What is Easter all about?
Easter Sunday. fr Ben wonders what a person who knows nothing of the Christian faith would make of the Easter Vigil.
The Prime Minister, in an Easter message to Christians a few days ago, said “Easter is all about remembering the importance of change, responsibility, and doing the right thing for the good of our children.”
This was a surprise to many Christians, who thought that Easter was all about Jesus Christ rising from the dead, having taken away our sins by his saving death on the cross. But I suppose it’s easy for people to get the wrong impression.
Suppose you’d brought somebody along this evening who didn’t know anything about the Christian faith, and when we got to the conclusion of the Vigil of Old Testament readings you asked your friend what Easter was all about. He or she couldn’t be blamed for wondering… “has it got something to do with water?”
For indeed water figures prominently today.
Creation begins with God’s spirit hovering over the water, before he divides that water in two; then he shifts the seas together and fills them with “great sea-serpents and every kind of living creature with which the waters teem.”
The Israelites cross the waters of the Red Sea at the start of their journey across the desert, and then we get to sing to the Lord who has triumphed gloriously when the waters return to engulf the Egyptians.
Through the prophet Isaiah, the same Lord tells us to “come to the water”, while through the prophet Ezekiel he promises to “pour clean water” over the house of Israel that they may be cleansed.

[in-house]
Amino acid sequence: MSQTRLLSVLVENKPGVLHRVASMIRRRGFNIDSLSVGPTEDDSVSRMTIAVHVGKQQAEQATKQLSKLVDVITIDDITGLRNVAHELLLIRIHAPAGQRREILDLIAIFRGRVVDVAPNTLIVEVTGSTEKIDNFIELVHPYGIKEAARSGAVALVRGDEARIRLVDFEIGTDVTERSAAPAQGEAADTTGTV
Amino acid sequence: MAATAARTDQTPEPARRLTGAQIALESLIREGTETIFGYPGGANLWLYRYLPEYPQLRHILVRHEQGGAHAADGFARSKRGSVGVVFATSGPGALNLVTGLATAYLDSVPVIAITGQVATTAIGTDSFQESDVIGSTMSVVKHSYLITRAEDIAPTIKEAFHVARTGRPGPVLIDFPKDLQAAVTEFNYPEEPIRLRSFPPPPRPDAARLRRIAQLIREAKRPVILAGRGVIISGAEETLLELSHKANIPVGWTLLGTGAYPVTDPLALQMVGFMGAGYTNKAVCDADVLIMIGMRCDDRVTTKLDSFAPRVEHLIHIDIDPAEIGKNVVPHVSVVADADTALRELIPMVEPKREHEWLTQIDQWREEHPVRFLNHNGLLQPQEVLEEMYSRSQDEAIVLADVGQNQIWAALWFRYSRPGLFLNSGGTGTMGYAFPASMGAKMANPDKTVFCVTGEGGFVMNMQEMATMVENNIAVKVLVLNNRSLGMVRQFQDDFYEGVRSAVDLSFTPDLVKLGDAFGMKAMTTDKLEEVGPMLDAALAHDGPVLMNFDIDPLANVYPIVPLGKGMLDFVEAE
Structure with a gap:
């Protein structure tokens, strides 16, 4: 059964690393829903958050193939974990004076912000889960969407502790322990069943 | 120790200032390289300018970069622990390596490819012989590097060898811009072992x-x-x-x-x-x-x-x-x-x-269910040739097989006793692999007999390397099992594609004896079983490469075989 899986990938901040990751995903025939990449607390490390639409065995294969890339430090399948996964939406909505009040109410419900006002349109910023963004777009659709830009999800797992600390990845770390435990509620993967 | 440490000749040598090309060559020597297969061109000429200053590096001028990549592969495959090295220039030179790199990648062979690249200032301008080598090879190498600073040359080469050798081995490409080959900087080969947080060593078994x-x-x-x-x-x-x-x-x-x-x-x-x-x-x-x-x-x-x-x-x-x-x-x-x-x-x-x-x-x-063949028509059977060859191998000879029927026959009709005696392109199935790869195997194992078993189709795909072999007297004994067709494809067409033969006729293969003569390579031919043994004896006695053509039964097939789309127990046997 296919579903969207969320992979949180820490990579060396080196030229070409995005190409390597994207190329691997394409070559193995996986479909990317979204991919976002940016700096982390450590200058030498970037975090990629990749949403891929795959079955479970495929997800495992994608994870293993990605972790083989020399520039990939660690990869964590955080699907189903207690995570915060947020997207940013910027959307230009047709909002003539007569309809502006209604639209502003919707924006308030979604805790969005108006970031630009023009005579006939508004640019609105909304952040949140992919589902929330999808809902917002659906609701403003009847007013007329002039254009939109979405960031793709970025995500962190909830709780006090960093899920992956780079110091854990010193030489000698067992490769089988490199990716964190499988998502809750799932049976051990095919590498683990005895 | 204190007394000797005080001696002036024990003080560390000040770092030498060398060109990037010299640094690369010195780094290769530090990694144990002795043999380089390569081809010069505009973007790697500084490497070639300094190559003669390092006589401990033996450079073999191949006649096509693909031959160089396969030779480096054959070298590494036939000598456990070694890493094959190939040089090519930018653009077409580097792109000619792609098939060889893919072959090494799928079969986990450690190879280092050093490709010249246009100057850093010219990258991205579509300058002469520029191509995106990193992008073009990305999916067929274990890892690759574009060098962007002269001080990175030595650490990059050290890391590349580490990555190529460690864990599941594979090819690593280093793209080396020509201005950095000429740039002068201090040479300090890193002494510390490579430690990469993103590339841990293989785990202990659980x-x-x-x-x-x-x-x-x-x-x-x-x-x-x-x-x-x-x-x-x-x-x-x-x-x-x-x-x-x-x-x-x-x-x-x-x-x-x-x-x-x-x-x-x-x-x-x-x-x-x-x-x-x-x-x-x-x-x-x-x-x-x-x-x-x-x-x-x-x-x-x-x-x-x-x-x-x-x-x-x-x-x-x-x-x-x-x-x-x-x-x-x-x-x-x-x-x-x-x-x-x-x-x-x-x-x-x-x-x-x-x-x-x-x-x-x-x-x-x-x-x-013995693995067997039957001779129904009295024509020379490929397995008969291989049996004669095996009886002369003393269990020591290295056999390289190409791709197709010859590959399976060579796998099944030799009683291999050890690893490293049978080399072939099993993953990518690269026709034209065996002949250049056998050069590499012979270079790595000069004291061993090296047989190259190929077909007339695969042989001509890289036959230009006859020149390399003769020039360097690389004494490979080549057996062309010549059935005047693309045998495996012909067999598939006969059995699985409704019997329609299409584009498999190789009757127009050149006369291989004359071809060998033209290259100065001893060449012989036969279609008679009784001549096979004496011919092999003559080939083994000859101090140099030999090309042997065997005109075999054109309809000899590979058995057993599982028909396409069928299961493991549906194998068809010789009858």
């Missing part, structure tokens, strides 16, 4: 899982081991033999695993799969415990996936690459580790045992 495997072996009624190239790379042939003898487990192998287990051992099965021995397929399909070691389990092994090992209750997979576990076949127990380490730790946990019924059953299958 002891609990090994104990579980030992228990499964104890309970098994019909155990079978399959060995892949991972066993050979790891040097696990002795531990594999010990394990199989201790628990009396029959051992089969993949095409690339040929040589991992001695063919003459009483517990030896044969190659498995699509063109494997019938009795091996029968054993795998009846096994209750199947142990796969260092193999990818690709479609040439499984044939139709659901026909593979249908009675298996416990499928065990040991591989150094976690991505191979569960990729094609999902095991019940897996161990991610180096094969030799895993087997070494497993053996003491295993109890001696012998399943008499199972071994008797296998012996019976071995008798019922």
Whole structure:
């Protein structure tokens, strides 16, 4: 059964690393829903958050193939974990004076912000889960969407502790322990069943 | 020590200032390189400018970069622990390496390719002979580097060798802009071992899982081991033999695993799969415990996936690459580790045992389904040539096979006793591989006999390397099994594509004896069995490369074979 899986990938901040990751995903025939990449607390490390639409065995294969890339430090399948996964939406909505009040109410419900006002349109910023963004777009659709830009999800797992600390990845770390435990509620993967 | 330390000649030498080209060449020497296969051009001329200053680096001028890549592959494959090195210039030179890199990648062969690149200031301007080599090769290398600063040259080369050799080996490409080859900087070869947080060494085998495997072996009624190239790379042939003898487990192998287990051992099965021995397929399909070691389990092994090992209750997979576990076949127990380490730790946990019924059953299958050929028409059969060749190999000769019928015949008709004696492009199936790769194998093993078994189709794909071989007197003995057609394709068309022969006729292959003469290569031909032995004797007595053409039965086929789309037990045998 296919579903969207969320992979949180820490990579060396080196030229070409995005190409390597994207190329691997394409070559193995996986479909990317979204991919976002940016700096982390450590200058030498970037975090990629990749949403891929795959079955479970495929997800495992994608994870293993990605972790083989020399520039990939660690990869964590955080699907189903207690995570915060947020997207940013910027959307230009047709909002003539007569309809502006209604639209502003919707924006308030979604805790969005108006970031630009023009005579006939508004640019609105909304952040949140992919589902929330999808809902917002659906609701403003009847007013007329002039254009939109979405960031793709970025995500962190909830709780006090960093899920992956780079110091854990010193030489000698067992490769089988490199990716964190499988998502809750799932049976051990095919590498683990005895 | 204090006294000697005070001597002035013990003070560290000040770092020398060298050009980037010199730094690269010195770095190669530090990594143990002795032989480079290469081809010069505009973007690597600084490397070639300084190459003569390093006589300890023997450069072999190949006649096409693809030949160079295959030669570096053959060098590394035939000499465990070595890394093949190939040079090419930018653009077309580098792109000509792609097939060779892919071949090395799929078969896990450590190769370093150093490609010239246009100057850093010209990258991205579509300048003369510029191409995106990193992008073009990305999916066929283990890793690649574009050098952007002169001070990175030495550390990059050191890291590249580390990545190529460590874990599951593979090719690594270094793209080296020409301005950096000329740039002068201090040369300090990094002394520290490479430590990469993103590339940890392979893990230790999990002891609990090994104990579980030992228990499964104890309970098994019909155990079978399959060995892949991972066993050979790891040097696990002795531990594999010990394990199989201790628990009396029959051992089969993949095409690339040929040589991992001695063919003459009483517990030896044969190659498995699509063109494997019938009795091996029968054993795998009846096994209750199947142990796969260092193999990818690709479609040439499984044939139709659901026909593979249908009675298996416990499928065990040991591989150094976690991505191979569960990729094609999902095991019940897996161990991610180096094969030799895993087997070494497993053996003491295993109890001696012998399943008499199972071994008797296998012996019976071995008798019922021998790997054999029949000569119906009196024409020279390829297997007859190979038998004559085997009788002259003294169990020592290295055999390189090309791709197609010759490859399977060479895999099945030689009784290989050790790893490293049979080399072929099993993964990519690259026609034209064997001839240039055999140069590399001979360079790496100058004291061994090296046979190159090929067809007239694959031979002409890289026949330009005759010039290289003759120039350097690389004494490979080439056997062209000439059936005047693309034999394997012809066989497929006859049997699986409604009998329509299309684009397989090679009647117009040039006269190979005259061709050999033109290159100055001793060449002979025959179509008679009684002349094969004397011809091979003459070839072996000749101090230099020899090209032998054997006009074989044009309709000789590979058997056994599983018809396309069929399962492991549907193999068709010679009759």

So there was lots of water in our Vigil. And, to be fair to the Prime Minister, I suppose there was also lots of “change” and “responsibility”, though whether Abraham’s willingness to sacrifice his son Isaac really counts as “doing the right thing for the good of our children” is a debatable point. But I digress.
It is St Paul in his letter to the Romans who gives us this evening an explanation of the prominence of water: “when we were baptised” – washed with water, that is – “we went into the tomb with [Christ] and joined him in death, so that as Christ was raised from the dead… we too might live a new life.” In baptism we die to sin united to Christ’s death on the cross; and emerging from the baptismal water we live with him anew.
In churches across the world tonight, many thousands of people will receive the great sacrament of baptism. They will enter Christ’s tomb in the font and be raised to new life in him. And among the various rites that follow, each newly-baptised Christian will be presented with a white garment.
This white garment should ring a bell… tonight’s gospel passage from St Mark has a young man in a white robe sitting in the empty tomb.
And if your memory is good, you’ll remember that during the Passion last Sunday we heard of young man wearing nothing but a linen cloth – presumably also white.
As a result of our white habit, members of the Order of Preachers often get a little self-conscious when the scriptures talk about people in white robes; but in fact the white robe is a garment common to all the baptised. The baptised, even if old in years, are made young by new life in Christ. In baptism we have seen Christ betrayed and crucified; but in baptism we also risen with Christ and received a mission to proclaim that news.
Like the young man in the gospel we proclaim the good news first of all to our fellow disciples: for we all need strengthening in the faith. But then, strengthened by the Holy Spirit we have the task of taking the Good News to the whole world. Strengthened by the testimony of our young white-robed newly-baptised brothers and sisters, we are sent from the tomb of the font to our homes – our Galilees – and to the world with this message: Christ is risen. He is risen indeed.
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